As with all surgeries, the ReLEx SMILE procedure has side effects and risks, although research suggests they are minimal.5
Some of the most common side effects include:
- Inflammation around the treated area
- Glare and halos around lights, particularly at night
- Debris where the corneal disc was removed
One frequent side effect of most refractive eye surgeries is dry eye. Research suggests there is a nonsignificant reduction in postoperative tear production for people who undergo SMILE. This means that compared to other procedures such as LASIK, the risk of developing dry eye is minimal.5
What is the Success Rate of SMILE Surgery?
The ReLEx SMILE procedure has not been around as long as other types of vision correction surgeries. The long term success rate is still under investigation.
One study observed people who had SMILE surgery 3 years prior. It showed that vision was better than or equal to 20/20 in 90% of participants.6 Different studies suggest a range of 65 to 100% efficacy for SMILE.
ReLEx Smile vs. LASIK
An alternative to SMILE is LASIK (laser-assisted in situ keratomileusis).
SMILE and LASIK are similar in many ways:
- Risk. Both procedures have minimal risk.
- Downtime. Both procedures allow people to resume daily activities within a few days post-surgery.
- Cost. Generally, the price of LASIK and SMILE are comparable.
- Recovery time. Most people find that they have 20/20 vision within a couple of days, regardless of if they have SMILE or LASIK.
- Quick. Both procedures take around 10 to 15 minutes per eye and require no inpatient stay. People can go home shortly after the surgery.
While SMILE and LASIK have many similarities, there are also reasons why someone may choose one procedure over the other.
Major differences include:
|Is only approved in the United States for correcting myopia (nearsightedness) and astigmatism.||Can correct many refractive errors including myopia (nearsightedness), astigmatism, and hyperopia (farsightedness).|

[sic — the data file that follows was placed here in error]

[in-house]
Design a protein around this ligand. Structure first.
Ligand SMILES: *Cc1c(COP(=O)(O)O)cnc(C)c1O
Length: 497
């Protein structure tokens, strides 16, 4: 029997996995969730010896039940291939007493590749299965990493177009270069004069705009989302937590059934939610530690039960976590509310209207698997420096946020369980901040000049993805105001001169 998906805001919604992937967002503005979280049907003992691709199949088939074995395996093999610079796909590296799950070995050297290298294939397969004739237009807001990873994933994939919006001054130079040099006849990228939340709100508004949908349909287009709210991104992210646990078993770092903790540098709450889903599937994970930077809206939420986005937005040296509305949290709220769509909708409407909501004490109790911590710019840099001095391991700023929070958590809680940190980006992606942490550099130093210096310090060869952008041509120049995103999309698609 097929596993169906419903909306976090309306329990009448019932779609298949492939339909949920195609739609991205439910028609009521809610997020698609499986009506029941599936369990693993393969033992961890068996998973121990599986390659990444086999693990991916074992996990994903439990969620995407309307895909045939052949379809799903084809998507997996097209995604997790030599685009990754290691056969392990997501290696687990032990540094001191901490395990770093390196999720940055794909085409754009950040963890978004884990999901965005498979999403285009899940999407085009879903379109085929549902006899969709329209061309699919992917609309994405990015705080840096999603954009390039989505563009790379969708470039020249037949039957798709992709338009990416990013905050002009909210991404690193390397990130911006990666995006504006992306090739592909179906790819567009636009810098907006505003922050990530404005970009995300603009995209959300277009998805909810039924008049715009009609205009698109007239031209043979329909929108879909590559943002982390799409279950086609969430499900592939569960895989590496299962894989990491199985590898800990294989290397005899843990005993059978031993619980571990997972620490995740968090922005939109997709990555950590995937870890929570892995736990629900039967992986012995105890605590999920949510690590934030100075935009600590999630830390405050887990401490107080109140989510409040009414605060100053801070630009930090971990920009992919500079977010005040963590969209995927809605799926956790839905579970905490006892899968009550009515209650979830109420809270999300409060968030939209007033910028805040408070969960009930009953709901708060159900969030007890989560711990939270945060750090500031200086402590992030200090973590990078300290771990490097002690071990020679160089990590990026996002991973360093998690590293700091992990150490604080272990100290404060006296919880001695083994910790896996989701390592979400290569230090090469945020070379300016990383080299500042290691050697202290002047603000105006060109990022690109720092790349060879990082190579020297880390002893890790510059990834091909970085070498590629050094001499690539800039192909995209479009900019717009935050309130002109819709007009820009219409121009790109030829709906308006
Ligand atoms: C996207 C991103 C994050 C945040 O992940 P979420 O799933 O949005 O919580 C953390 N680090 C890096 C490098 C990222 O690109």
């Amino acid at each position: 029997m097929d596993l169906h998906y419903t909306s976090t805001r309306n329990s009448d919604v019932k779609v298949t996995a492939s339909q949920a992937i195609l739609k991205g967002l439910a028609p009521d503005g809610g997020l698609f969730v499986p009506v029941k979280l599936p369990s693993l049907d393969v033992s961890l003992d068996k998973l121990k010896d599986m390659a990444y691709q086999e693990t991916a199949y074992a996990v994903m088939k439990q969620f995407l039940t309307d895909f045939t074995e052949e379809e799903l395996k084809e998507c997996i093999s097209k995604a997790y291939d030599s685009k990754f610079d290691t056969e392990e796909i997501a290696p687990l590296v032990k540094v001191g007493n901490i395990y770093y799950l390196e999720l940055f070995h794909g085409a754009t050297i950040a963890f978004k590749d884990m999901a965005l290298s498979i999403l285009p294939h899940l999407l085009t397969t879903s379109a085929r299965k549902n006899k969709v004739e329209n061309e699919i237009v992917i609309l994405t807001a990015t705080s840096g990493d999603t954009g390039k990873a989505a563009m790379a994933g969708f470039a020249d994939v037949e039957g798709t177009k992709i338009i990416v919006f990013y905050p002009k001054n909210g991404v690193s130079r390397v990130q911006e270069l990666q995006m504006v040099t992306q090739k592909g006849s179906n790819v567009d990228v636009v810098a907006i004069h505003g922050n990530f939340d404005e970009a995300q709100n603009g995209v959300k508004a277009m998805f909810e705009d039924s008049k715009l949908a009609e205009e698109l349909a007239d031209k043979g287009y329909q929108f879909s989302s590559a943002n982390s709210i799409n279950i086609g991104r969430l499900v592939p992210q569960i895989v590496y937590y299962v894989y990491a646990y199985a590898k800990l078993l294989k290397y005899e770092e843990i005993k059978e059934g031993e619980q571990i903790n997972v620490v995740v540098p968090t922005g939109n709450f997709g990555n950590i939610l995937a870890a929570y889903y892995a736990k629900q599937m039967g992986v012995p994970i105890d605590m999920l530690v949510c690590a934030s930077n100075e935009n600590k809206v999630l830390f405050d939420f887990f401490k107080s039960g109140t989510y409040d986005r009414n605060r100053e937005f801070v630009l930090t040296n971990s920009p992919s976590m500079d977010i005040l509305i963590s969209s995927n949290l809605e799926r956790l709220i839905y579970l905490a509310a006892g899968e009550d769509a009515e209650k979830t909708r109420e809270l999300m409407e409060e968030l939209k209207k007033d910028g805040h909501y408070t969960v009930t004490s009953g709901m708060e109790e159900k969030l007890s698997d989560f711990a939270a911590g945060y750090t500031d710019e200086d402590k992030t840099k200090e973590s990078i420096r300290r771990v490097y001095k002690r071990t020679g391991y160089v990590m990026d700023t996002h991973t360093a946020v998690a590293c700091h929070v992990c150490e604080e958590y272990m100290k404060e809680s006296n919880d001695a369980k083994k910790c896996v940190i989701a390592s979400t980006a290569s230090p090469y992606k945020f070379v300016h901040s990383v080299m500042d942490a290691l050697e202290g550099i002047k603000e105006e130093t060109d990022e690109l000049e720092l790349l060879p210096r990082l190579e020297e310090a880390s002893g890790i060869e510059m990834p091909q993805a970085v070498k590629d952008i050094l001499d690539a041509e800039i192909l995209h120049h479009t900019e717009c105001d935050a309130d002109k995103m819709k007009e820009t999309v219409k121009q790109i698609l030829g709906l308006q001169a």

|Uses a femtosecond laser.||Uses both an excimer and femtosecond laser.|
|Does not require a corneal flap but instead makes an incision that is typically less than 4mm long.||Creates a flap in the cornea before reshaping it to correct refractive errors.|
|Fewer postoperative restrictions; for example, people can play outdoor sports without worrying about the flap.||Requires postoperative restrictions to ensure the flap does not dislodge.|
|People can return to outdoor activities and swimming within the first week after the procedure.||Surgeons may advise people to wait between 15 days to a month to resume outdoor activities and swimming.|
Because SMILE is relatively new, most surgeons recommend LASIK instead. Further research is necessary to understand the long-term outcomes of SMILE.
ReLEx SMILE is a newer alternative to existing refractive eye surgeries like LASIK. The outcomes are comparable to traditional surgical methods and have lower risks of complications such as dry eye.7
All procedures have benefits and risks, and some people may not be a good candidate for all surgeries. Talk with your ophthalmologist to determine which option is best for you.